Perceiving credible commitments: How independent regulators shape elite perceptions of regulatory quality

Anthony Bertelli, Andrew B. Whitford

Research output: Contribution to journalArticle

Abstract

Numerous recent studies have addressed how the investment choices of firms depend on elite perceptions of the quality of national regulatory regimes. Likewise, other studies show that government structures can help to support credible commitments that protect market mechanisms. The authors provide the first analytic discussion of elite perceptions of national regulatory quality as a function of the independence of regulators in a countrys political system. Their central claims are that market operations depend on perceptions of regulatory quality and that independent regulators facilitate elite perceptions of regulatory quality because they check actors in domestic political systems. Cross-national statistical evidence suggests that regulatory independence supports elite perceptions of high regulatory quality. This article also provides evidence that regulatory independence is more likely where political competition shapes incentives to intervene in business markets.

Original languageEnglish (US)
Pages (from-to)517-537
Number of pages21
JournalBritish Journal of Political Science
Volume39
Issue number3
DOIs
StatePublished - Jul 2009

Fingerprint

elite
commitment
political system
market mechanism
market
evidence
incentive
firm

ASJC Scopus subject areas

  • Sociology and Political Science

Cite this

Perceiving credible commitments : How independent regulators shape elite perceptions of regulatory quality. / Bertelli, Anthony; Whitford, Andrew B.

In: British Journal of Political Science, Vol. 39, No. 3, 07.2009, p. 517-537.

Research output: Contribution to journalArticle

@article{4ddd2894783d4863a7aa50f1705a4c6d,
title = "Perceiving credible commitments: How independent regulators shape elite perceptions of regulatory quality",
abstract = "Numerous recent studies have addressed how the investment choices of firms depend on elite perceptions of the quality of national regulatory regimes. Likewise, other studies show that government structures can help to support credible commitments that protect market mechanisms. The authors provide the first analytic discussion of elite perceptions of national regulatory quality as a function of the independence of regulators in a countrys political system. Their central claims are that market operations depend on perceptions of regulatory quality and that independent regulators facilitate elite perceptions of regulatory quality because they check actors in domestic political systems. Cross-national statistical evidence suggests that regulatory independence supports elite perceptions of high regulatory quality. This article also provides evidence that regulatory independence is more likely where political competition shapes incentives to intervene in business markets.",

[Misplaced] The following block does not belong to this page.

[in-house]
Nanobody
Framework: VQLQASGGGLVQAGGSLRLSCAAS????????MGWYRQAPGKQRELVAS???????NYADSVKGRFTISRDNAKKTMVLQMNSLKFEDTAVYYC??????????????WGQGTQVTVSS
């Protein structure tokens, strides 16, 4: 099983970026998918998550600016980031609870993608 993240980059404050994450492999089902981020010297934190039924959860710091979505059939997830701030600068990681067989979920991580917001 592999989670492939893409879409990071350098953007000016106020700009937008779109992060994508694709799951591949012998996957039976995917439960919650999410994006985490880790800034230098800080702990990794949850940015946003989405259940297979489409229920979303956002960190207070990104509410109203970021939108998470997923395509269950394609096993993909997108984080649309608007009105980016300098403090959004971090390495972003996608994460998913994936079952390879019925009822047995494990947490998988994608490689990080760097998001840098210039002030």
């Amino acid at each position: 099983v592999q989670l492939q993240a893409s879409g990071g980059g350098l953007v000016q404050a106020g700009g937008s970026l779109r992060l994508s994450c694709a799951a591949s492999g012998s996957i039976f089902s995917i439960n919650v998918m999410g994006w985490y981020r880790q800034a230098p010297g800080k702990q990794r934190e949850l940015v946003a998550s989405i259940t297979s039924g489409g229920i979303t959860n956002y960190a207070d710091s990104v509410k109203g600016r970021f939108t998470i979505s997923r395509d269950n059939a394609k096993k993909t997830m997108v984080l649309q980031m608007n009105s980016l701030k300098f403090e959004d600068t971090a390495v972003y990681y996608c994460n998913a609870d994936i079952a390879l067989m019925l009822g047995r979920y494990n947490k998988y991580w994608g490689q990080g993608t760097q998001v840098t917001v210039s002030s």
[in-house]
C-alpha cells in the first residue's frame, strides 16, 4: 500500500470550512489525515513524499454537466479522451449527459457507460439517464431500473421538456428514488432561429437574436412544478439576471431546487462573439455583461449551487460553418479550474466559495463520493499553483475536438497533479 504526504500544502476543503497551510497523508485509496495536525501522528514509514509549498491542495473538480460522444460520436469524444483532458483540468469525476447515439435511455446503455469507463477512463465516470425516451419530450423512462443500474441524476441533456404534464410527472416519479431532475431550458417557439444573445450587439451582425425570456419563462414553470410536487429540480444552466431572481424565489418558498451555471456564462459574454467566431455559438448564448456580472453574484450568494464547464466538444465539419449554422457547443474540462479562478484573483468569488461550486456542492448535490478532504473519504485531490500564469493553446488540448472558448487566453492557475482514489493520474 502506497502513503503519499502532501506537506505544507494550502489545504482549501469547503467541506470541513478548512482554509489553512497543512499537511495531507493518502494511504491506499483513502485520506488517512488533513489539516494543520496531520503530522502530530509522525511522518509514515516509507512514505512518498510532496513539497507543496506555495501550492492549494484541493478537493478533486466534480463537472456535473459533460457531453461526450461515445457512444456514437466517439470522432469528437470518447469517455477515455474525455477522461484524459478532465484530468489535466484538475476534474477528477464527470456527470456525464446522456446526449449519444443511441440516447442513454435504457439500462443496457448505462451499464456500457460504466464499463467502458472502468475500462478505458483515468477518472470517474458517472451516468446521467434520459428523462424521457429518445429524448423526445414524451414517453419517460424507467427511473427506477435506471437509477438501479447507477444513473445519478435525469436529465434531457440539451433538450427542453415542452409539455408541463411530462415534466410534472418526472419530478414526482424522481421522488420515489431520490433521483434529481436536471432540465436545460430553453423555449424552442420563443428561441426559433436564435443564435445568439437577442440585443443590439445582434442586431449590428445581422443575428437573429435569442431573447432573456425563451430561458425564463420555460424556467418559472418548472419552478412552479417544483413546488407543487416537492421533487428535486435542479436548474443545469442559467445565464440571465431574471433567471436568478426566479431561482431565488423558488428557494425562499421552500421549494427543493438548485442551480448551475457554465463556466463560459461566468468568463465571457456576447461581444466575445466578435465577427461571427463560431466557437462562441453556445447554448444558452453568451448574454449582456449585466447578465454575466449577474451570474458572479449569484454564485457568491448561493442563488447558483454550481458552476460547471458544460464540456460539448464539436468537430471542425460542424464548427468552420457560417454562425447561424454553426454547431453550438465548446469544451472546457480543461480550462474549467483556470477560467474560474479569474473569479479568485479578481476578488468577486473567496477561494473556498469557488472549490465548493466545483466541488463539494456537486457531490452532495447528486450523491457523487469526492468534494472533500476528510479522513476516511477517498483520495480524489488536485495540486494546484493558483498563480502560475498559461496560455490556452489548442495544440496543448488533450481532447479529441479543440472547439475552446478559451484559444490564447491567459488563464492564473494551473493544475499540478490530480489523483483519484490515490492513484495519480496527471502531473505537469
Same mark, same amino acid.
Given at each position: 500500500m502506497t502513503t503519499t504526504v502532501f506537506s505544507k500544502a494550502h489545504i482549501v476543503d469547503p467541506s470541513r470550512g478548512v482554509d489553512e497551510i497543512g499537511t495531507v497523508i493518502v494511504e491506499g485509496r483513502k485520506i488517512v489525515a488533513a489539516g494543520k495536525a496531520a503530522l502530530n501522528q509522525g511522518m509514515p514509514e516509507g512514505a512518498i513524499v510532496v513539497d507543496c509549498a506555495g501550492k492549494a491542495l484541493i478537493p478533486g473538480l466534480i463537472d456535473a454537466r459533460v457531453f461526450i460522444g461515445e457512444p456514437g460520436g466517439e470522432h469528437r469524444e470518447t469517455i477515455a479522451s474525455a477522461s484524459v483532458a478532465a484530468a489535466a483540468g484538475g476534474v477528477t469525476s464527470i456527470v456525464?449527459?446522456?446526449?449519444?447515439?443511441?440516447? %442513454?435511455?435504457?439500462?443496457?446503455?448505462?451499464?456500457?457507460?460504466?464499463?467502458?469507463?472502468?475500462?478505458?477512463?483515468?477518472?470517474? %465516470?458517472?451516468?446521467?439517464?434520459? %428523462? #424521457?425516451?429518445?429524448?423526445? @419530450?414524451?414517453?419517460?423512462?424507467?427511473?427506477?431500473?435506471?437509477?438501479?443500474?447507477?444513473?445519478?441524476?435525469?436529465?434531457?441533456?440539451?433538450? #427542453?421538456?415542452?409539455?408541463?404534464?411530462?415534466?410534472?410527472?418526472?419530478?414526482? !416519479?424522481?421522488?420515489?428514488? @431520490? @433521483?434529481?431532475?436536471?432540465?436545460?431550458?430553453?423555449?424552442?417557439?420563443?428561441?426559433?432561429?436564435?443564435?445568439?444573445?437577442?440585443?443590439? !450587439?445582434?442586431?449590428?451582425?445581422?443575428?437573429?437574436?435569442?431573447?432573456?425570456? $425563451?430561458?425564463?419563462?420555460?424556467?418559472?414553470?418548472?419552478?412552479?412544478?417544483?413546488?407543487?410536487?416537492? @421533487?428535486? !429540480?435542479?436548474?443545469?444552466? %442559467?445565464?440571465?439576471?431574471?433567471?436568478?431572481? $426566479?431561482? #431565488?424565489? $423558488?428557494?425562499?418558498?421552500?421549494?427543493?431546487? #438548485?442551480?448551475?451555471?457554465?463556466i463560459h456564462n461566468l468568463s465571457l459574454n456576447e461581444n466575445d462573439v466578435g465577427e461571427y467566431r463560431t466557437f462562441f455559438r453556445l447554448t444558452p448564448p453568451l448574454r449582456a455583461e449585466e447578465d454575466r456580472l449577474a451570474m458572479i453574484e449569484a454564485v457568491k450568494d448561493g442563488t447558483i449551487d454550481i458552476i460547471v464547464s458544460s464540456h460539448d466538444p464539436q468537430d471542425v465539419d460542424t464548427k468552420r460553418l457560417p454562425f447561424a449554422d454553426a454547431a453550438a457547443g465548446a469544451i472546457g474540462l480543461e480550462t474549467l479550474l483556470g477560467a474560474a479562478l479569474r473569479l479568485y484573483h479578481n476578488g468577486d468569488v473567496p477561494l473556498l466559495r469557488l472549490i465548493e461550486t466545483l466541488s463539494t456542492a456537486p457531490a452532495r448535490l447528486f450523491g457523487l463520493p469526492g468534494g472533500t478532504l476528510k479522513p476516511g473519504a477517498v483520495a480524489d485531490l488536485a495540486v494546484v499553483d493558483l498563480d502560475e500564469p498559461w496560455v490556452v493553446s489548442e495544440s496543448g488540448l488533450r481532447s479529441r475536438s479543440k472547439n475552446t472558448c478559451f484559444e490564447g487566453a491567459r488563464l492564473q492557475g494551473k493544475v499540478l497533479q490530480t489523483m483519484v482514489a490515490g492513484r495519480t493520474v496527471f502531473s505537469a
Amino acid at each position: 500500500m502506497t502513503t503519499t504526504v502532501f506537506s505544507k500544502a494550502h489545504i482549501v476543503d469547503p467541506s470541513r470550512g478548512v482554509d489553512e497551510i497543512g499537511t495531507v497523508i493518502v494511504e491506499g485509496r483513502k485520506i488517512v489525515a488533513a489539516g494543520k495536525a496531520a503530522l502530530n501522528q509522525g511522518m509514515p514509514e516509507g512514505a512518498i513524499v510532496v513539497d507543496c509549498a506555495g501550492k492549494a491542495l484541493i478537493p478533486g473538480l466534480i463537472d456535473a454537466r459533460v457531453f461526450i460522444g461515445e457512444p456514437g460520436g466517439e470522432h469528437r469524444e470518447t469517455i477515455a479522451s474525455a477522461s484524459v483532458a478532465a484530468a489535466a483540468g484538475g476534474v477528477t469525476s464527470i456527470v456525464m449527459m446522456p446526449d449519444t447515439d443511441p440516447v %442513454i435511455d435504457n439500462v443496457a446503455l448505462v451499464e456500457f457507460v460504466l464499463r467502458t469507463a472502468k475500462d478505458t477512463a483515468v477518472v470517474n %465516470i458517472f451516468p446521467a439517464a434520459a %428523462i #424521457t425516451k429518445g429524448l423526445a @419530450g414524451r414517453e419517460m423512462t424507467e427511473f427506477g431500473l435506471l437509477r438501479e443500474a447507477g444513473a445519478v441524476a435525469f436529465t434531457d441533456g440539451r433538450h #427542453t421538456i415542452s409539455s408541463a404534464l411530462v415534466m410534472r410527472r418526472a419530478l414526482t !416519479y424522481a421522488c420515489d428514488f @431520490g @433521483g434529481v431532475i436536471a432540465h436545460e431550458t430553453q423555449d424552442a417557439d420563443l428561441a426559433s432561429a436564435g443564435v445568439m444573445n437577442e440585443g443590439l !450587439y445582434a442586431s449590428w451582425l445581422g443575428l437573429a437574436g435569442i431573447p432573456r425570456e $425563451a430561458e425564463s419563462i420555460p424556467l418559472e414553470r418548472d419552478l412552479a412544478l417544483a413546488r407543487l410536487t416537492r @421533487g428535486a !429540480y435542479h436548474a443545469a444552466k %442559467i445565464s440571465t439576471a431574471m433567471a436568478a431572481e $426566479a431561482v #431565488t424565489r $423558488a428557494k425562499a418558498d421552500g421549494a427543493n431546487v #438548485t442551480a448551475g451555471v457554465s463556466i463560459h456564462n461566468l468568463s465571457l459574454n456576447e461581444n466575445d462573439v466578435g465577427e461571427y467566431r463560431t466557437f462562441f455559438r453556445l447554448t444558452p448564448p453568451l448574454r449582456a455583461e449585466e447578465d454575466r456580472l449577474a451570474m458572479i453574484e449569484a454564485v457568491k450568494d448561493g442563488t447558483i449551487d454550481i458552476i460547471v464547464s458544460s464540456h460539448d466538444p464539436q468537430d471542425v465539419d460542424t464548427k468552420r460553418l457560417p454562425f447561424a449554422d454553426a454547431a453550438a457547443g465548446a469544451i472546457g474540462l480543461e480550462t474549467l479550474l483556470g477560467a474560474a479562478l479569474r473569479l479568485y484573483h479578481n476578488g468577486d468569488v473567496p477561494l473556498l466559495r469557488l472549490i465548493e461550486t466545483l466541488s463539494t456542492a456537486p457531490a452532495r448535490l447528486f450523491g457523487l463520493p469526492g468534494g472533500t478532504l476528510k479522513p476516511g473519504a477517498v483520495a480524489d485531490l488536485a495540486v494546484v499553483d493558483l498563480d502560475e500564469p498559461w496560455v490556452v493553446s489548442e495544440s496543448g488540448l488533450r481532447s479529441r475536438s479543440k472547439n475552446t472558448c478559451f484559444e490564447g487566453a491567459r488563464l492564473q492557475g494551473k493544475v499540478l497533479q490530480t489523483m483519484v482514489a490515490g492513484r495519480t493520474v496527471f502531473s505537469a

author = "Anthony Bertelli and Whitford, {Andrew B.}",
year = "2009",
month = "7",
doi = "10.1017/S0007123409000623",
language = "English (US)",
volume = "39",
pages = "517--537",
journal = "British Journal of Political Science",
issn = "0007-1234",
publisher = "Cambridge University Press",
number = "3",

}

TY - JOUR

T1 - Perceiving credible commitments

T2 - How independent regulators shape elite perceptions of regulatory quality

AU - Bertelli, Anthony

AU - Whitford, Andrew B.

PY - 2009/7

Y1 - 2009/7

N2 - Numerous recent studies have addressed how the investment choices of firms depend on elite perceptions of the quality of national regulatory regimes. Likewise, other studies show that government structures can help to support credible commitments that protect market mechanisms. The authors provide the first analytic discussion of elite perceptions of national regulatory quality as a function of the independence of regulators in a countrys political system. Their central claims are that market operations depend on perceptions of regulatory quality and that independent regulators facilitate elite perceptions of regulatory quality because they check actors in domestic political systems. Cross-national statistical evidence suggests that regulatory independence supports elite perceptions of high regulatory quality. This article also provides evidence that regulatory independence is more likely where political competition shapes incentives to intervene in business markets.

AB - Numerous recent studies have addressed how the investment choices of firms depend on elite perceptions of the quality of national regulatory regimes. Likewise, other studies show that government structures can help to support credible commitments that protect market mechanisms. The authors provide the first analytic discussion of elite perceptions of national regulatory quality as a function of the independence of regulators in a countrys political system. Their central claims are that market operations depend on perceptions of regulatory quality and that independent regulators facilitate elite perceptions of regulatory quality because they check actors in domestic political systems. Cross-national statistical evidence suggests that regulatory independence supports elite perceptions of high regulatory quality. This article also provides evidence that regulatory independence is more likely where political competition shapes incentives to intervene in business markets.

UR - http://www.scopus.com/inward/record.url?scp=67749133403&partnerID=8YFLogxK

UR - http://www.scopus.com/inward/citedby.url?scp=67749133403&partnerID=8YFLogxK

U2 - 10.1017/S0007123409000623

DO - 10.1017/S0007123409000623

M3 - Article

AN - SCOPUS:67749133403

VL - 39

SP - 517

EP - 537

JO - British Journal of Political Science

JF - British Journal of Political Science

SN - 0007-1234

IS - 3

ER -